Telling my family's stories
Albert Andrew Moorehead/Moorhead/Muirhead was born February 28, 1855 in the old Revolutionary War town of Fort Edward, Washington County, New York. And that’s about all I know for sure about his biological start on this planet. He went on to marry Ellen Golden in Hanover, Illinois and have a bunch of children there, including my great-grandmother, Cora (Moorehead) Ritenour.
Somewhere before 1857, he was taken in by Thomas Moorhead’s family. They were an interesting family, with Thomas being born in County Monaghan, Ireland, and Margaret Skinner, his wife, coming from an old Scottish family near Aberdeen. By ‘taken in,’ I mean ‘adopted.’ We know this based on three different sets of evidence.
First, there was a genealogy done by the Laurence family back in the early part of the 20th century. Gordon Speer was kind enough to send me a page from it several years back. Underneath Albert’s name is written `adopted child.’
Second, on the 1880 census, only Thomas Moorehead and Albert are living on the Moorehead homestead in Hanover, Illinois. Thomas Moorehead was born in Ireland and his wife Margaret Skinner was born in New York. Albert’s father is listed as born in New York and his mother born in Ireland. He is also five years younger than the youngest Moorehead child, which is somewhat suggestive.
Third, people who remember Albert, such as Betty Jean Landers, remember hearing him confirm that he was adopted.
So. He was adopted. Yes. Now what? New York state has some of the most useless vital records of the 19th century. Jo Daviess county, Illinois, was fishy for quite some time and then, when they remodelled their courthouse, many records were somehow destroyed. On his marriage certificate, he lists Thomas and Margaret as his parents. The obituaries don’t name is parents. Nobody remembers him mentioning who they were. So there’s no paper trail and no oral history to help.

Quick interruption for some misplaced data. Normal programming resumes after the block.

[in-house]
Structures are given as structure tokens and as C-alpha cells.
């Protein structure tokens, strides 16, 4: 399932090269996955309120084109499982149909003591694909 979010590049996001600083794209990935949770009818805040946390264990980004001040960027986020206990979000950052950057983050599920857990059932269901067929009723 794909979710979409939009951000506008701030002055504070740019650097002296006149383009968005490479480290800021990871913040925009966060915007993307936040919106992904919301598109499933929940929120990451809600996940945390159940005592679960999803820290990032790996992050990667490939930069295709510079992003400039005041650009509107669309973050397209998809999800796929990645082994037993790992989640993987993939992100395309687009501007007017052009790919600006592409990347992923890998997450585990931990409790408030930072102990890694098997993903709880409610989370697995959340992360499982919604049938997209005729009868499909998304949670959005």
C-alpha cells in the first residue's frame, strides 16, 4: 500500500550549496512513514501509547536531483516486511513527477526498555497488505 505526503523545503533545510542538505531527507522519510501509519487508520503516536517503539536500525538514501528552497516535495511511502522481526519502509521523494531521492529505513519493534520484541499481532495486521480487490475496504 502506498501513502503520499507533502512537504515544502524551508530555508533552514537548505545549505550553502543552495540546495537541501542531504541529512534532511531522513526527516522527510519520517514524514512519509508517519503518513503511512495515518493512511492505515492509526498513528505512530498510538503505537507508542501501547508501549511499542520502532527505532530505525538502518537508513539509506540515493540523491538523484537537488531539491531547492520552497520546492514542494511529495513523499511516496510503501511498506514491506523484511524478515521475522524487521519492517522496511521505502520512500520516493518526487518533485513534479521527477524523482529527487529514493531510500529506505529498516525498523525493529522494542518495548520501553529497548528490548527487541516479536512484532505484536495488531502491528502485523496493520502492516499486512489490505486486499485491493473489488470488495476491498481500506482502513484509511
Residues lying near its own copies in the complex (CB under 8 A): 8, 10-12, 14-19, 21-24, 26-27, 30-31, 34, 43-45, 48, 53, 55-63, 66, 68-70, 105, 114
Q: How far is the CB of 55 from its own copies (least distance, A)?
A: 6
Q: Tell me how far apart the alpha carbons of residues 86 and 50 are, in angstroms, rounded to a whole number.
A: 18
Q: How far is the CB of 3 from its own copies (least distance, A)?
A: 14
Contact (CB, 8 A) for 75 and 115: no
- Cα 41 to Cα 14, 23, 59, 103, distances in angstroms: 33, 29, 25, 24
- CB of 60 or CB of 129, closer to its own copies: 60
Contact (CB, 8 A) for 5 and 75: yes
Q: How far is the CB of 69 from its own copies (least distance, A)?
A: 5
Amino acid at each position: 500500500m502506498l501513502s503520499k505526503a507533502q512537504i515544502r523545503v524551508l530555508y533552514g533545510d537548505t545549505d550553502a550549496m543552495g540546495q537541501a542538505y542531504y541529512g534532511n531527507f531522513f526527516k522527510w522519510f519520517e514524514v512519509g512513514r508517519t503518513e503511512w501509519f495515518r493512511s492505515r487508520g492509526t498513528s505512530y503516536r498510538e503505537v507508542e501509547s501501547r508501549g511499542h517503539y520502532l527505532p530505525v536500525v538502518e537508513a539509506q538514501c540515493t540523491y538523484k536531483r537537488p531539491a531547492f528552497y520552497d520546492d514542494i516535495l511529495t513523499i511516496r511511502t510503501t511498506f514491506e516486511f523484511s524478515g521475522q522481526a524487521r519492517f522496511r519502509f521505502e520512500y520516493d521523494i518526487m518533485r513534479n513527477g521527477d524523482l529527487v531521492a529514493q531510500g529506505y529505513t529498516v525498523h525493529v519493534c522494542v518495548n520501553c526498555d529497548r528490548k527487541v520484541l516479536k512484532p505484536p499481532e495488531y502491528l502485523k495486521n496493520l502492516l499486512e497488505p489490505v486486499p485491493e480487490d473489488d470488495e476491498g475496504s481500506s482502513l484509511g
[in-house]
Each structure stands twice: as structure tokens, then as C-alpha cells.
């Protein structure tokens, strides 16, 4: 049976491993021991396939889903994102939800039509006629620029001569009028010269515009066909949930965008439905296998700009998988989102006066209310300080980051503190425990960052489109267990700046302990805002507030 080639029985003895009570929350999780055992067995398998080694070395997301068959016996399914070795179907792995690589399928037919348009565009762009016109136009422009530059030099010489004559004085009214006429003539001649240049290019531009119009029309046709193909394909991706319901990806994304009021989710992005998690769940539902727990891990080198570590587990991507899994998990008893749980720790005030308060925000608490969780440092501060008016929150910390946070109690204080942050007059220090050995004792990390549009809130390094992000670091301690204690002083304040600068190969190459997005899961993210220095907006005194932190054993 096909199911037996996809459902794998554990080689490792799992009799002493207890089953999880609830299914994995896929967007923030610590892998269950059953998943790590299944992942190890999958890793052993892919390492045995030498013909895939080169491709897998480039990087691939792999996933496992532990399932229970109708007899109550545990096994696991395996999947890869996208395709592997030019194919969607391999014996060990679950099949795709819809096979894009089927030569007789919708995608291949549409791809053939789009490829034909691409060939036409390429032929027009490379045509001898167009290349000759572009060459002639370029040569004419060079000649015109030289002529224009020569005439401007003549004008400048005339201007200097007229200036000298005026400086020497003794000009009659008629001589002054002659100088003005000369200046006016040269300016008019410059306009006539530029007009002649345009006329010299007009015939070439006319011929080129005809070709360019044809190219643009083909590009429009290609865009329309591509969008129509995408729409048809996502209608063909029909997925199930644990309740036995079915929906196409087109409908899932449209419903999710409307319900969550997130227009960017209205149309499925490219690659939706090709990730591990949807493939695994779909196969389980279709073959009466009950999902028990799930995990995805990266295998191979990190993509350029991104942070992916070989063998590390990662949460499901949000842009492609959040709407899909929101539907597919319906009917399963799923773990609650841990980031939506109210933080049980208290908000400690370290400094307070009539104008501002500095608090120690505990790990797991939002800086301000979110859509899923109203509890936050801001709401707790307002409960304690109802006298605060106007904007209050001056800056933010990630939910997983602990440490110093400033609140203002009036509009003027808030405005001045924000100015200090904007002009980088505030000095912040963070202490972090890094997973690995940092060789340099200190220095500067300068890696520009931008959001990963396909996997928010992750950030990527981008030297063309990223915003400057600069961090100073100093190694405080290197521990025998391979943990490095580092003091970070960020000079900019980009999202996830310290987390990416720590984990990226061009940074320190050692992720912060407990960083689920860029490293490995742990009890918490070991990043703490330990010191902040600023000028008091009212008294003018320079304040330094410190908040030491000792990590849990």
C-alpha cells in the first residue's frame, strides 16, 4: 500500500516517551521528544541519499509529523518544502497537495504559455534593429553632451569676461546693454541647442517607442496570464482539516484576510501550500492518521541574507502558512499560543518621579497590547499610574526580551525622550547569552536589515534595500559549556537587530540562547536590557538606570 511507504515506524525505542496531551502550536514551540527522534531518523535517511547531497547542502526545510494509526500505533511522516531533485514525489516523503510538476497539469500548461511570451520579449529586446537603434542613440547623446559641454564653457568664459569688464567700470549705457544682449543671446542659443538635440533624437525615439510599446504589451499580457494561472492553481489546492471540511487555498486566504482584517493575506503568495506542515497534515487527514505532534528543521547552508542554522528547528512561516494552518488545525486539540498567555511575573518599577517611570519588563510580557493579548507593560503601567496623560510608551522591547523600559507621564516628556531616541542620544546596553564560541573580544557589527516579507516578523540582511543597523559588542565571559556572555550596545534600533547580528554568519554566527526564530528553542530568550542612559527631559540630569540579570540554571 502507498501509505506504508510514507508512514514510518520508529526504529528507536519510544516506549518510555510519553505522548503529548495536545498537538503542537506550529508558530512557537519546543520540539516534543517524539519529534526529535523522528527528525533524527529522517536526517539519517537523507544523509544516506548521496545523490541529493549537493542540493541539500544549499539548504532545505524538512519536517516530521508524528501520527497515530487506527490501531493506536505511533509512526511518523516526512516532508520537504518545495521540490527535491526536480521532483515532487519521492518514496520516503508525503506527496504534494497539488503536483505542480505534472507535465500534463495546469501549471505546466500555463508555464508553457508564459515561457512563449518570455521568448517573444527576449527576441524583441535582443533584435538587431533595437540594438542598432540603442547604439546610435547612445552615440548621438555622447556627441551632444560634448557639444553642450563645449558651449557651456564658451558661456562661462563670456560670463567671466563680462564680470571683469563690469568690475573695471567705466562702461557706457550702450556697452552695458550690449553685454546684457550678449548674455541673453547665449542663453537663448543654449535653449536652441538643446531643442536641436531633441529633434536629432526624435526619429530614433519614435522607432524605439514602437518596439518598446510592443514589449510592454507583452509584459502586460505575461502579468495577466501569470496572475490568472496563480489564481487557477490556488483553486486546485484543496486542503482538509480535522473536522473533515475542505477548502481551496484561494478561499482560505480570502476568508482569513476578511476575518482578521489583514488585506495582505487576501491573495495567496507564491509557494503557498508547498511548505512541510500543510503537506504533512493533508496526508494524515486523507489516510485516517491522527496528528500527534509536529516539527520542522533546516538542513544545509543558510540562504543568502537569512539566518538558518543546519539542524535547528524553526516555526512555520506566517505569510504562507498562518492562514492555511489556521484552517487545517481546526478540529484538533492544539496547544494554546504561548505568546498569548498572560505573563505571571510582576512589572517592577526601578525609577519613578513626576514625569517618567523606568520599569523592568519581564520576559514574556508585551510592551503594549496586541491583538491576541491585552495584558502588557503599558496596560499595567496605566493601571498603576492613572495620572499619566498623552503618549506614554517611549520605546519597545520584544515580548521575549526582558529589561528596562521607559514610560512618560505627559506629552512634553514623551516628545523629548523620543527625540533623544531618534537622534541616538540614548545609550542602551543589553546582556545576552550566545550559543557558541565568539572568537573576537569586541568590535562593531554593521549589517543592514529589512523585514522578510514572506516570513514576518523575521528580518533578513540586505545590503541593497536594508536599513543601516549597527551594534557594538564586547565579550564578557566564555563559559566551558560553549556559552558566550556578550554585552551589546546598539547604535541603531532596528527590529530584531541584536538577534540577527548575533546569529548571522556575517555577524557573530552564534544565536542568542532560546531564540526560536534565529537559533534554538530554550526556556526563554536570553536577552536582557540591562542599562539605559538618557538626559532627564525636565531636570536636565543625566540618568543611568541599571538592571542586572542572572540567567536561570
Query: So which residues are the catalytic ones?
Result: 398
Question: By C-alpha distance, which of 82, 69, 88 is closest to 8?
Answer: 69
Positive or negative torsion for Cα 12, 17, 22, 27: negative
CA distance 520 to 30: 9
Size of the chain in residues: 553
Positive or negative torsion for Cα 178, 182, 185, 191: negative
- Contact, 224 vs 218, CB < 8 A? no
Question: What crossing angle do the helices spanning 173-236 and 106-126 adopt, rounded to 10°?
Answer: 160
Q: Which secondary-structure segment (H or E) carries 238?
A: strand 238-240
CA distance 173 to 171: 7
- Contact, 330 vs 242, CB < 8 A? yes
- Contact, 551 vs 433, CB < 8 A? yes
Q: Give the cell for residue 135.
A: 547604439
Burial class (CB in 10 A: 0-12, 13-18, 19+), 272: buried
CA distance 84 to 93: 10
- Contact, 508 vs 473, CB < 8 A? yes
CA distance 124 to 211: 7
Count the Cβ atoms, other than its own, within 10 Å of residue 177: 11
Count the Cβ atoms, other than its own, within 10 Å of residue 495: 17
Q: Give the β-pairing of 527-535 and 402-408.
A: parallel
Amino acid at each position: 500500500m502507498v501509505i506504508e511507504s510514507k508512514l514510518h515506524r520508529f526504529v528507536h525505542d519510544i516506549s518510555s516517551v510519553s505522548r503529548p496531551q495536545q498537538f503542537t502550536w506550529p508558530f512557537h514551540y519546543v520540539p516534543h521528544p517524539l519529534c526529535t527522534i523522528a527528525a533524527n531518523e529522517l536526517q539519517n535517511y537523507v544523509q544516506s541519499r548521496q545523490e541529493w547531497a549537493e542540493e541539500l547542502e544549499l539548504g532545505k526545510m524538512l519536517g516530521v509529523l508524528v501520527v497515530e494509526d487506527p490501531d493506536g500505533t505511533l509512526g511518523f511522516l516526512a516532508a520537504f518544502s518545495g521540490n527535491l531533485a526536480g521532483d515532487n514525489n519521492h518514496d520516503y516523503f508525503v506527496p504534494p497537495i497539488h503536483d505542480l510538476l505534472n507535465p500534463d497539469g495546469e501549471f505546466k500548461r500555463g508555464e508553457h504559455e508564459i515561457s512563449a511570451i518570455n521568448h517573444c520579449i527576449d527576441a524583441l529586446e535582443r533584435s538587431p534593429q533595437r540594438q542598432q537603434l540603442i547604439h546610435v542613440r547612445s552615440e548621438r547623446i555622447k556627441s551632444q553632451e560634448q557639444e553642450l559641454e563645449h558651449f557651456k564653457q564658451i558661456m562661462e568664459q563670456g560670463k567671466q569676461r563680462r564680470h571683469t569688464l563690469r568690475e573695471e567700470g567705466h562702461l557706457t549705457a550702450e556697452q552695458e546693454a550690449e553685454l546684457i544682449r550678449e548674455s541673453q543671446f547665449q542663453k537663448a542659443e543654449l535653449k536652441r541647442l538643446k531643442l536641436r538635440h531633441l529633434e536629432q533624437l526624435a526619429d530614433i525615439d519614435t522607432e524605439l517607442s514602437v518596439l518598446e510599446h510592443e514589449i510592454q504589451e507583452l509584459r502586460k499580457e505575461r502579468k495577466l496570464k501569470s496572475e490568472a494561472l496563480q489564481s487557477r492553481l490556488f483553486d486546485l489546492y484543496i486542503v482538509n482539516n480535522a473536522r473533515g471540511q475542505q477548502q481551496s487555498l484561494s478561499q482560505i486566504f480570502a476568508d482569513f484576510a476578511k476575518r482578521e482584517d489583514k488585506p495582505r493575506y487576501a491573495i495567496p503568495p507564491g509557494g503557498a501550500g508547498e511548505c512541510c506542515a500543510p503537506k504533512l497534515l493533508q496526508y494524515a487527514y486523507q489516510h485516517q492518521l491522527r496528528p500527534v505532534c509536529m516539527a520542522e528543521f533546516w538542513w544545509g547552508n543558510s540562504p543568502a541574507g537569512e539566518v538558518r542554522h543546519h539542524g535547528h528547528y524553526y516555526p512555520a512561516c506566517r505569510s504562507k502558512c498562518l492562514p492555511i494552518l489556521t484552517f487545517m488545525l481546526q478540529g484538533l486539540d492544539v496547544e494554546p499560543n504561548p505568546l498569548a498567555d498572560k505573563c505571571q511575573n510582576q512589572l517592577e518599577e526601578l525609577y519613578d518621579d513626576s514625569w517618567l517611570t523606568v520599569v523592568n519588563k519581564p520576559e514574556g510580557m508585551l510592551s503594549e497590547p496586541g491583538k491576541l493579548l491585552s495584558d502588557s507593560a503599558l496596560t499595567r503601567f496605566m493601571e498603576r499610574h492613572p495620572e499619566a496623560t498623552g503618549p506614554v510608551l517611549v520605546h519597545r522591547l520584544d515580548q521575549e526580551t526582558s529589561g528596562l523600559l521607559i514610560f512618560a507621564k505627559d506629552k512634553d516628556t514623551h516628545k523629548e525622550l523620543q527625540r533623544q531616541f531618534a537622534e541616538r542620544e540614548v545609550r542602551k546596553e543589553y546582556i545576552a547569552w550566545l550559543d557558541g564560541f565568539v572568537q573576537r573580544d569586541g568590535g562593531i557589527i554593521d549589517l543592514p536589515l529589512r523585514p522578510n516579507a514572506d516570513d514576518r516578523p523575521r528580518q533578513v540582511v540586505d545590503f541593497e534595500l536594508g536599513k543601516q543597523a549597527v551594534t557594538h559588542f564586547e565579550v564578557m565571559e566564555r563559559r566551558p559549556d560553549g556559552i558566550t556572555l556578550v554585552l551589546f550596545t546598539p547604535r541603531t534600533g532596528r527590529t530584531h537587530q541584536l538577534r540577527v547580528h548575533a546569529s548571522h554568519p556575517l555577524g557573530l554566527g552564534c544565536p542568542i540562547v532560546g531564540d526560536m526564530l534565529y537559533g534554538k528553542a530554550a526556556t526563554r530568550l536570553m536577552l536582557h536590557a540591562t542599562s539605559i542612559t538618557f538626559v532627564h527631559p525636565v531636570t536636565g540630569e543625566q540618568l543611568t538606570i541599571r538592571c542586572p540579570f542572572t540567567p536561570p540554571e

That would be the end of it, I guess, except for one very troubling/suggestive bit of information I managed to scrounge up. On the 1855 State Census, in Fort Edward, New York, the Moorehead family is all there. However, although the census was taken in June and Albert was born in February, there is no Albert in the household. Instead, There is a young woman named Jane Harris living with them, born in Ireland in 1830. She has an unnamed child listed under her, listed as four months old, born in Washington County, New York. This all fits Albert’s information perfectly.
So where is Jane Harris? Where did she come from? Where did she go? I don’t know. I have looked high and low and have found nothing. No birth, no death, no immigration. She is on no later censuses, and there is no record of her marrying (a Harris?) or remarrying. She appears on this census, and then she’s gone.
We have concocted a harebrained theory about this, based on circumstantial, suggestive evidence. Our theory is that this “Jane Harris” is actually Jane Moorehead, a relative of Thomas Moorehead (daughter of Robert and Hannah Moorehead, also of County Monaghan, Ireland). She came to New York, married a Harris (There are a bunch of Harrises running around Washington County). He either died or abandoned her. Thomas, being her cousin, took the child in that she could not care for, which was easy enough since she was already living in the house. She then moved to Jo Daviess County (along with Robert and Hannah Moorehead) and married a Michael Farrell there, had a few more children, and died in the 1870s. Robert and Hannah are buried in Log Church Cemetery, right near most of the other actors in this complicated story. Hence, Albert lived in Jo Daviess quite near his biological mother, who was his father’s cousin. The story wasn’t terribly exciting, from Albert’s point of view, and thus it wasn’t much of a topic of debate.
Of course, this is just speculation, and I’m not entirely sure, at this point, how I’ll be able to nail it down any further, since all the principle people are long dead and the county records departments are such a mess.